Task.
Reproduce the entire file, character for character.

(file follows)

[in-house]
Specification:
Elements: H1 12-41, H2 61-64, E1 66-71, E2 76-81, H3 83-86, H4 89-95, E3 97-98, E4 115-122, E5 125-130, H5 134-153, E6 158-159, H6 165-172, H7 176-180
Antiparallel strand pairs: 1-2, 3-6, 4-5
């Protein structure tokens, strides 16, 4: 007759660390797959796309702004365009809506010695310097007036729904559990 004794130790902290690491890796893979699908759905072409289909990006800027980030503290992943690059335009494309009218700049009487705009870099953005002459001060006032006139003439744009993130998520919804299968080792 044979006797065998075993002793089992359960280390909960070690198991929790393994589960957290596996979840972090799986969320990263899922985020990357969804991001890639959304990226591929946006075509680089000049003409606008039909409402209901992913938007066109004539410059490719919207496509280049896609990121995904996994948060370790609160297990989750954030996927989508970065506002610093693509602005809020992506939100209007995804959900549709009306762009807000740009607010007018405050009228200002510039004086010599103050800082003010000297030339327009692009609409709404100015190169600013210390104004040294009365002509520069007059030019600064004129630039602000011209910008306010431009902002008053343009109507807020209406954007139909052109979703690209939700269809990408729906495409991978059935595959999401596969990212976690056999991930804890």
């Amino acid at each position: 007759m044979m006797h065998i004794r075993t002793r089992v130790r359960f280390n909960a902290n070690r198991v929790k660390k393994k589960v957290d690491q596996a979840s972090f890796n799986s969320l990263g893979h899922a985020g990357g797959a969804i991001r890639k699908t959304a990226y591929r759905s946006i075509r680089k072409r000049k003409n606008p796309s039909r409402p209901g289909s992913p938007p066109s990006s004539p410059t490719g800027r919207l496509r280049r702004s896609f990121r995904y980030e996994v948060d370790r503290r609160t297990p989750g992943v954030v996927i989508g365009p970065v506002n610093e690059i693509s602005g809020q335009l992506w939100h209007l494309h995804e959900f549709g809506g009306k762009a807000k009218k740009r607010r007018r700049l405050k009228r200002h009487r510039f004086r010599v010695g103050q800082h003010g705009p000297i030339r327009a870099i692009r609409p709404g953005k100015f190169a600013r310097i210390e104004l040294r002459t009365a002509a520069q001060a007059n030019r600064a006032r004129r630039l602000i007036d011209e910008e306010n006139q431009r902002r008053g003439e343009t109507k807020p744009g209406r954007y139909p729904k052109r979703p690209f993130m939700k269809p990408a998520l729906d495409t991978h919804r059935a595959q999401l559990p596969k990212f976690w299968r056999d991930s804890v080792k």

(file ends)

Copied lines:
[in-house]
Specification:
Elements: H1 12-41, H2 61-64, E1 66-71, E2 76-81, H3 83-86, H4 89-95, E3 97-98, E4 115-122, E5 125-130, H5 134-153, E6 158-159, H6 165-172, H7 176-180
Antiparallel strand pairs: 1-2, 3-6, 4-5
């Protein structure tokens, strides 16, 4: 007759660390797959796309702004365009809506010695310097007036729904559990 004794130790902290690491890796893979699908759905072409289909990006800027980030503290992943690059335009494309009218700049009487705009870099953005002459001060006032006139003439744009993130998520919804299968080792 044979006797065998075993002793089992359960280390909960070690198991929790393994589960957290596996979840972090799986969320990263899922985020990357969804991001890639959304990226591929946006075509680089000049003409606008039909409402209901992913938007066109004539410059490719919207496509280049896609990121995904996994948060370790609160297990989750954030996927989508970065506002610093693509602005809020992506939100209007995804959900549709009306762009807000740009607010007018405050009228200002510039004086010599103050800082003010000297030339327009692009609409709404100015190169600013210390104004040294009365002509520069007059030019600064004129630039602000011209910008306010431009902002008053343009109507807020209406954007139909052109979703690209939700269809990408729906495409991978059935595959999401596969990212976690056999991930804890």
């Amino acid at each position: 007759m044979m006797h065998i004794r075993t002793r089992v130790r359960f280390n909960a902290n070690r198991v929790k660390k393994k589960v957290d690491q596996a979840s972090f890796n799986s969320l990263g893979h899922a985020g990357g797959a969804i991001r890639k699908t959304a990226y591929r759905s946006i075509r680089k072409r000049k003409n606008p796309s039909r409402p209901g289909s992913p938007p066109s990006s004539p410059t490719g800027r919207l496509r280049r702004s896609f990121r995904y980030e996994v948060d370790r503290r609160t297990p989750g992943v954030v996927i989508g365009p970065v506002n610093e690059i693509s602005g809020q335009l992506w939100h209007l494309h995804e959900f549709g809506g009306k762009a807000k009218k740009r607010r007018r700049l405050k009228r200002h009487r510039f004086r010599v010695g103050q800082h003010g705009p000297i030339r327009a870099i692009r609409p709404g953005k100015f190169a600013r310097i210390e104004l040294r002459t009365a002509a520069q001060a007059n030019r600064a006032r004129r630039l602000i007036d011209e910008e306010n006139q431009r902002r008053g003439e343009t109507k807020p744009g209406r954007y139909p729904k052109r979703p690209f993130m939700k269809p990408a998520l729906d495409t991978h919804r059935a595959q999401l559990p596969k990212f976690w299968r056999d991930s804890v080792k």